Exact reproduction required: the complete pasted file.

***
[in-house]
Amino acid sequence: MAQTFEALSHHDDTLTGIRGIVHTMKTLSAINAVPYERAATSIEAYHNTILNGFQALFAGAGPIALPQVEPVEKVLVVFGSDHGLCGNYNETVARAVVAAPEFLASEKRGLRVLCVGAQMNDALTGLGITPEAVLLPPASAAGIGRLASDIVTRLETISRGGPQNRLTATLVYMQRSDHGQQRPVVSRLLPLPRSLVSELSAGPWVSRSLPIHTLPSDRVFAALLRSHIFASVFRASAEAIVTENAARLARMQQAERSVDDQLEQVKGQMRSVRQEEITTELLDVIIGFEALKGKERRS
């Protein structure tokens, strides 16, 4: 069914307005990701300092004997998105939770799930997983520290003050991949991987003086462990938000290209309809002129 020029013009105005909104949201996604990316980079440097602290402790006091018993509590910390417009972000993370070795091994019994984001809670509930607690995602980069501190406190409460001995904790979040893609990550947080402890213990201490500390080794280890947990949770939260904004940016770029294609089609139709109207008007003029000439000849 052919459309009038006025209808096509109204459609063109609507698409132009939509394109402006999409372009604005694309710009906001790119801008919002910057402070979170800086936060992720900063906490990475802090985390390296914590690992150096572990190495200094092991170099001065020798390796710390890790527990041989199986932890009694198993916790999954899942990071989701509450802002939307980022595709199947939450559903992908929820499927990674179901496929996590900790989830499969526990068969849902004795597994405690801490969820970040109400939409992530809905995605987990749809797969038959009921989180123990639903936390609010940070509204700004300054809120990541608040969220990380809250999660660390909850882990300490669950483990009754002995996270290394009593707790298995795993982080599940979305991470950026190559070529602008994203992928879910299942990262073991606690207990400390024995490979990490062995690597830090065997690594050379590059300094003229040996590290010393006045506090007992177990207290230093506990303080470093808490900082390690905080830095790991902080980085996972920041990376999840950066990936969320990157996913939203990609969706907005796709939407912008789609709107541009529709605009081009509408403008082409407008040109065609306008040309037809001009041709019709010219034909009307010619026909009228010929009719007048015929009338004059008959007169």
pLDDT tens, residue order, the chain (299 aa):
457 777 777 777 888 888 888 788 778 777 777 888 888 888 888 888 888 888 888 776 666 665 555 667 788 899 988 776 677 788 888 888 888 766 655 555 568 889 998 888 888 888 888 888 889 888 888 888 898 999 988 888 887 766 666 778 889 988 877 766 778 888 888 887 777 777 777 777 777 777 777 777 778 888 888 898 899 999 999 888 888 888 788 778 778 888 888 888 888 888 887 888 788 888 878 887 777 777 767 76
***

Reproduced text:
[in-house]
Amino acid sequence: MAQTFEALSHHDDTLTGIRGIVHTMKTLSAINAVPYERAATSIEAYHNTILNGFQALFAGAGPIALPQVEPVEKVLVVFGSDHGLCGNYNETVARAVVAAPEFLASEKRGLRVLCVGAQMNDALTGLGITPEAVLLPPASAAGIGRLASDIVTRLETISRGGPQNRLTATLVYMQRSDHGQQRPVVSRLLPLPRSLVSELSAGPWVSRSLPIHTLPSDRVFAALLRSHIFASVFRASAEAIVTENAARLARMQQAERSVDDQLEQVKGQMRSVRQEEITTELLDVIIGFEALKGKERRS
């Protein structure tokens, strides 16, 4: 069914307005990701300092004997998105939770799930997983520290003050991949991987003086462990938000290209309809002129 020029013009105005909104949201996604990316980079440097602290402790006091018993509590910390417009972000993370070795091994019994984001809670509930607690995602980069501190406190409460001995904790979040893609990550947080402890213990201490500390080794280890947990949770939260904004940016770029294609089609139709109207008007003029000439000849 052919459309009038006025209808096509109204459609063109609507698409132009939509394109402006999409372009604005694309710009906001790119801008919002910057402070979170800086936060992720900063906490990475802090985390390296914590690992150096572990190495200094092991170099001065020798390796710390890790527990041989199986932890009694198993916790999954899942990071989701509450802002939307980022595709199947939450559903992908929820499927990674179901496929996590900790989830499969526990068969849902004795597994405690801490969820970040109400939409992530809905995605987990749809797969038959009921989180123990639903936390609010940070509204700004300054809120990541608040969220990380809250999660660390909850882990300490669950483990009754002995996270290394009593707790298995795993982080599940979305991470950026190559070529602008994203992928879910299942990262073991606690207990400390024995490979990490062995690597830090065997690594050379590059300094003229040996590290010393006045506090007992177990207290230093506990303080470093808490900082390690905080830095790991902080980085996972920041990376999840950066990936969320990157996913939203990609969706907005796709939407912008789609709107541009529709605009081009509408403008082409407008040109065609306008040309037809001009041709019709010219034909009307010619026909009228010929009719007048015929009338004059008959007169």
pLDDT tens, residue order, the chain (299 aa):
457 777 777 777 888 888 888 788 778 777 777 888 888 888 888 888 888 888 888 776 666 665 555 667 788 899 988 776 677 788 888 888 888 766 655 555 568 889 998 888 888 888 888 888 889 888 888 888 898 999 988 888 887 766 666 778 889 988 877 766 778 888 888 887 777 777 777 777 777 777 777 777 778 888 888 898 899 999 999 888 888 888 788 778 778 888 888 888 888 888 887 888 788 888 878 887 777 777 767 76